It is easiest to start by describing how each cluster is described. Essentially a cluster is described as a list of MSS. However if you think of a cluster as a collection of points on a graph then it is visually obvious that some points will be towards the center of the cluster and others will be further away. Numerically those points towards the center of the cluster will have the lowest average (mean) distance to the rest of the points in the cluster. Those points towards the edge of the cluster (the outliers) will have the largest average distances to the other members of the cluster. In addition to these measures of how close each given point is to the center of the cluster it is interesting to know the approximate overall size (or cohesiveness) of the cluster. This is given as the average (mean) distance of every point from each other.
Therefore in the representation of a cluster the MSS are listed in order, with the MSS closest to the center of the cluster being listed first. Thus the first MSS listed is the closest to being the archetype of the cluster (although more illustrious MSS may appear later in the list). At the end of the list the AVG is given which is the average or cohesiveness of the cluster. As an example the last column of the final row shows a cluster with 4 MSS in it. Two of them (1319 & 256) are towards the center of the cluster whilst 1573 & 2127 are further away. That said it is a pretty tight cluster with an average agreement of 93% between the MSS.
Having dealt with the representation of the cluster we can now watch the clustering process in operation; starting with the top line. The top line tells us that E and P26 are in 100% agreement (that is the Distance column) and that they are therefore joined together forming the first cluster E p26. The second line tells us that 1241 & 424 are also perfectly agreed and thus they are joined too. The third line is a little more interesting. This time it is not two single MSS that are joining, instead the cluster of 1241 and 424 are joining to Byz to form a cluster of three MSS. And so the process continues for the first seven lines, every time joining together two clusters that are in 100% agreement on this data.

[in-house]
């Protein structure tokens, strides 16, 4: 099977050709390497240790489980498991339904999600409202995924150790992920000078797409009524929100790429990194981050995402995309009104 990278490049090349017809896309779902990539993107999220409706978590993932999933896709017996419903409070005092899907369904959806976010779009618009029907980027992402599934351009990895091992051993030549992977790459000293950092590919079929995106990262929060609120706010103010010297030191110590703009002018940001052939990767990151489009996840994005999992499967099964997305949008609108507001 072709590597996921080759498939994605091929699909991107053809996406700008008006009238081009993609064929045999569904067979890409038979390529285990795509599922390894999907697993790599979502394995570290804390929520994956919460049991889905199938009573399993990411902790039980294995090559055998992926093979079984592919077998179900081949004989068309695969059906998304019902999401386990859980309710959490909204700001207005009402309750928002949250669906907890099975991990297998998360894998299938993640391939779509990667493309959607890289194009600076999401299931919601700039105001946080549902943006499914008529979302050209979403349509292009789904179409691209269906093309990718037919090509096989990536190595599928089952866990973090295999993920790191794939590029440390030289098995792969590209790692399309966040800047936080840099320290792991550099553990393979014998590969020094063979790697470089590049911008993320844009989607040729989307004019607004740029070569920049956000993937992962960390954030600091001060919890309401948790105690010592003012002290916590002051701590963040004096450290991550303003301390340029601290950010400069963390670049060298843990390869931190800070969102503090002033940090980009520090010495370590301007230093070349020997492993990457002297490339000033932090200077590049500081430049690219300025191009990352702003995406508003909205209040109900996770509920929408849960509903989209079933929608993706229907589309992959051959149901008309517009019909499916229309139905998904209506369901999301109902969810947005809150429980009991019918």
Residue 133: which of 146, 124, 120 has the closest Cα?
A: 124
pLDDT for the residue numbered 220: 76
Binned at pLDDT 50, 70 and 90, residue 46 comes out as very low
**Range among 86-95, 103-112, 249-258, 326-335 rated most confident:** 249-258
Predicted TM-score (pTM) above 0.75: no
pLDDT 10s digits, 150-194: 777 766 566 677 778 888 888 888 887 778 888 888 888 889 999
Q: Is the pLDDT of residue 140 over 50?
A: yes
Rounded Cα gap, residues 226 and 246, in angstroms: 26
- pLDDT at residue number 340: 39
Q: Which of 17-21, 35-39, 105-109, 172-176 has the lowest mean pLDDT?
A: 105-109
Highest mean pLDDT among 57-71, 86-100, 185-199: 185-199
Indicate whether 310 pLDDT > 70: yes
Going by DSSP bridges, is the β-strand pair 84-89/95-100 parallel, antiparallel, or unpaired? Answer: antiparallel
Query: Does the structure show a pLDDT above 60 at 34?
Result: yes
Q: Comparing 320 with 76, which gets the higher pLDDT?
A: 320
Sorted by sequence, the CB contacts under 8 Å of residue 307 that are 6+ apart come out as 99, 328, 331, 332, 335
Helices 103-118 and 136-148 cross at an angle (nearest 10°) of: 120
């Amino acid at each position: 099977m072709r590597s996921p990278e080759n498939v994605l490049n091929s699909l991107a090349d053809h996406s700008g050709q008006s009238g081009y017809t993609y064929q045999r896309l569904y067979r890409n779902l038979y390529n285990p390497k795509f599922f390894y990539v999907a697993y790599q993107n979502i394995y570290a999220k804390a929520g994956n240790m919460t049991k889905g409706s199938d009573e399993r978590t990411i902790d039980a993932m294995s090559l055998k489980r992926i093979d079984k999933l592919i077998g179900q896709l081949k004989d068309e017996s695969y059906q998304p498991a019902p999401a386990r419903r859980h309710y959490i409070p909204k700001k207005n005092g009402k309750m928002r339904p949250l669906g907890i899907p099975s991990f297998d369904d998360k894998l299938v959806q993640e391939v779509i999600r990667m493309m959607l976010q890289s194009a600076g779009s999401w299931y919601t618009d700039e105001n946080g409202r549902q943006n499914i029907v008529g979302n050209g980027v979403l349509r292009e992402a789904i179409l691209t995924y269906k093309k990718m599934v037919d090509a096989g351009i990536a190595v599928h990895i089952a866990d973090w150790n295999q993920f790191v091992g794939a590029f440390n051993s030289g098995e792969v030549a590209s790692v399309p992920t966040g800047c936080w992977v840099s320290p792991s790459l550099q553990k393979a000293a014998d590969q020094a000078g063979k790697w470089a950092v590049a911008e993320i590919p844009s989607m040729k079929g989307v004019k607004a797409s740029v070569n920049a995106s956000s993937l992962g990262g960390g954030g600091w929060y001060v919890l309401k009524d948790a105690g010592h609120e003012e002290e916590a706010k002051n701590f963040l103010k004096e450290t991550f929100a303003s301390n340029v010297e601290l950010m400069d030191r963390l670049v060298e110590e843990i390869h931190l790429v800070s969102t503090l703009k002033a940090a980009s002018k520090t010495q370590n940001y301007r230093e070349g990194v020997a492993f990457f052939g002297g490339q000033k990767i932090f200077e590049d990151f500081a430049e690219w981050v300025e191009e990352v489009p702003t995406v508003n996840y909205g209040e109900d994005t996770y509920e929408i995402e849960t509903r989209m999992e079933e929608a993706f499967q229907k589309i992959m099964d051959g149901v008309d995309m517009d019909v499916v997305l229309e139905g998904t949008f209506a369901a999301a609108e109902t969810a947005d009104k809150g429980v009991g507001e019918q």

I put the 'on this data' in bold because I suspect that those of you who know Textual Criticism are already hammering the table exclaiming that at least one of these relationships is wrong because of some particular reason. You are almost certainly right. These are relationships exhibited between the MSS in the first four chapters of Romans. As far as the first four chapters of Romans are concerned they are mathematically correct. To be truly correct far larger samples of data would need to be used.
The first really interesting thing happens on the 8th line (9th if you include the title line). Here the K mss is joined into the large Byz grouping. Note that the agreement is only 93%. The new cluster formed has six elements. The original five Byz docs are still in the center of the cluster but they are now only within 99% of the center because the addition of K to the cluster has offset the center a little. K is in the cluster but has 93% agreement and thus counts as a relative outlier in an otherwise tight cluster - one that has 98% overall match rate.